Nirmala April 25, 2018

1. Idli :

most common breakfast in many households. The batter is usually prepared the previous night to allow it to settle. Idlis can be made in various shapes round and square!

2. Chicken or Mutton :

For the non-vegetarian lovers (or fanatics ;)) this is the day we wait for! Masala powders are typically made at home with an assortment of condiments. Depending on the condiments you choose the taste and flavour changes. But any combination is just superb remember we love spicy food so this is not for those who cannot withstand the spice! A small trade secret Priya Non-Veg masala paste is God send!

3. Gongura Pachadi :

Affectionately referred to as the Pedda Aadapaduchu (the eldest daughter) of Telugus in our home! No Telugu meal is complete without a jar of Gongura pachadi on the dining table. It

4. Vankaya pachadi :

This chutney of brinjal is slightly similar to the North Indian Baingan ka bhartha but has more spices and it isn

5. Papadum :

Papadam, pronounced as poppadum also known as Papad in Northern India or Appadam in Telugu, Appalam in Tamil, Appalla in Kannada and Pappadum in the rest of South India; spellings vary) is a thin, crisp disc-shaped Indian food typically based on a seasoned dough made from black gram (urad flour), fried or cooked with dry heat. Flours made from other sources such as lentils, chickpeas, rice, or potato, can be used. Papadams are typically served as an accompaniment to a meal in India, or as an appetizer or snack, sometimes with toppings such as chopped onions, chopped carrots, chutneys or other dips and condiments. In certain parts of India, papadums which have been dried but not precooked are used in curries and vegetable dishes.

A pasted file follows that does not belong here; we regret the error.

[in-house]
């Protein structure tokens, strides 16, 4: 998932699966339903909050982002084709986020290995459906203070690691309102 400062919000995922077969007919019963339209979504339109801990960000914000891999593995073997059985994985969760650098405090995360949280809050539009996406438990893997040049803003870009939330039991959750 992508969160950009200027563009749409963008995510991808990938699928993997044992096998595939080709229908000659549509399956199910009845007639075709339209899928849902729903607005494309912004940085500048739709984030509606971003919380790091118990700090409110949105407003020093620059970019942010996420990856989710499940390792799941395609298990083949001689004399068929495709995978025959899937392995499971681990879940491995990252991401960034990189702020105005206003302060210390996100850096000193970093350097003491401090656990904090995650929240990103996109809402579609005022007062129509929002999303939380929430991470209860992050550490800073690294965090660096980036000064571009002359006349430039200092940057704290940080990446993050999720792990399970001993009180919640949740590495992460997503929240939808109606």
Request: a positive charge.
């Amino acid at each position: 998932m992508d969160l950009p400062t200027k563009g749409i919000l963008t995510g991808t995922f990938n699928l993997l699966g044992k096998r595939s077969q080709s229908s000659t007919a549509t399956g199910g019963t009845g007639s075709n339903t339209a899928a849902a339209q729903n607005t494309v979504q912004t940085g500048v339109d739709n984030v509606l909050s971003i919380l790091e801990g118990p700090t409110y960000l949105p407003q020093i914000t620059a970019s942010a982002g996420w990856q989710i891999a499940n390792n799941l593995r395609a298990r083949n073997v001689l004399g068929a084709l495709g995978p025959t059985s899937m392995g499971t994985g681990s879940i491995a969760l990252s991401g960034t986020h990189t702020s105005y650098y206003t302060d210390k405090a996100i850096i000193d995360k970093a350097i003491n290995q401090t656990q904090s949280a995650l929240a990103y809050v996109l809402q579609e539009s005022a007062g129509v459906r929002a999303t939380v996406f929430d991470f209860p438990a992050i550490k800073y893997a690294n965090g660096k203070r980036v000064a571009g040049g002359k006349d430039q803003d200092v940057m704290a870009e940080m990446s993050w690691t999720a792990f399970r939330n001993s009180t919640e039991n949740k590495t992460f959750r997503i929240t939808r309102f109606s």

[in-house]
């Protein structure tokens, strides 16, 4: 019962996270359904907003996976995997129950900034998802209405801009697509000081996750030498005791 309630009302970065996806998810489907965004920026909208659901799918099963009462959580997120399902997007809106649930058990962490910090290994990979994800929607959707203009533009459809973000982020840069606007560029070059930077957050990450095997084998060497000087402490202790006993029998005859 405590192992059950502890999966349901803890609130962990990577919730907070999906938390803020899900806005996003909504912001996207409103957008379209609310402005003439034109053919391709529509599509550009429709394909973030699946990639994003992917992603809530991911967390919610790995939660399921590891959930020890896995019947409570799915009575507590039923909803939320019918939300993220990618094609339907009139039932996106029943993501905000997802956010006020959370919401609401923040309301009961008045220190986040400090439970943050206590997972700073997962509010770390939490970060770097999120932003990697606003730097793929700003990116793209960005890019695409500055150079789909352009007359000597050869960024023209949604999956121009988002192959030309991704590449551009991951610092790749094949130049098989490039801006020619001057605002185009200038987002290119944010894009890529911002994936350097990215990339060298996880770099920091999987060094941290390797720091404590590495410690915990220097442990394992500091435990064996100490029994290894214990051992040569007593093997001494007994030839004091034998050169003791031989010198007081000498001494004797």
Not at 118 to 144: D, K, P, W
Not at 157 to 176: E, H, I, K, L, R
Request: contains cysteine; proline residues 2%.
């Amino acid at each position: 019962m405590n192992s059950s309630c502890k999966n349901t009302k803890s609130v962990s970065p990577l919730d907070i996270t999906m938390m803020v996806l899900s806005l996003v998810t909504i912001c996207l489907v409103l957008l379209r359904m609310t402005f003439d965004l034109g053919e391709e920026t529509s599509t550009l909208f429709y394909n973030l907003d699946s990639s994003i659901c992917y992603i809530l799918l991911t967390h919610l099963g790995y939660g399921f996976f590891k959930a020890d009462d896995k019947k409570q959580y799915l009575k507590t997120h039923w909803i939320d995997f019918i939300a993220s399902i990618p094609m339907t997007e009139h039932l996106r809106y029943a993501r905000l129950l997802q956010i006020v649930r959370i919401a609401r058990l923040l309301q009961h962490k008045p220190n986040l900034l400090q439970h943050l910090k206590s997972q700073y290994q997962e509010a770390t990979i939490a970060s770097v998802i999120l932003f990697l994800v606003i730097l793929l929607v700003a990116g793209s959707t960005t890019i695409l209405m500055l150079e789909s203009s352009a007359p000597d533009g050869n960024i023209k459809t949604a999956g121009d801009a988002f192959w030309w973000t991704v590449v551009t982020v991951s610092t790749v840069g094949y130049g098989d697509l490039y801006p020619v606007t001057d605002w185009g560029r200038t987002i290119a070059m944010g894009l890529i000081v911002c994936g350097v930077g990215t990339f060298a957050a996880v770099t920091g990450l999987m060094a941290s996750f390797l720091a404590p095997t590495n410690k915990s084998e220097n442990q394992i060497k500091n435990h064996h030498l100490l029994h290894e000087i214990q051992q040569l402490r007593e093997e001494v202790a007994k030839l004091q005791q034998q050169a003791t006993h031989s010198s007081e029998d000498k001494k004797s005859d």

6. Beerakaya Pachadi :

Did you know that you can make yummy chutney out of ridge gourd skin? This is something only a Telugu grandmother can think of. While the gourd, cut into small cubes is saut

7. Pulihora :

This is the mother of flavoured rice and the right taste can be enjoyed only in Andhra Pradesh. Every festival/function at home, every special occasion means only one thing we have Pulihora that day! There are some variations to this simpler versions made with lemon/mango. The main idea is tangy taste, so when the pulusu (thick paste made with tamarind as main ingredient) is not readily available, easy to squeeze a couple of lemons or add grated mangoes when in season. The pulusu used for this is actually difficult to cook perfectly because you never know how the tamarind reacts. Usually prefer old tamarind which has a stronger tang. If asked one piece of advice on its preparation, we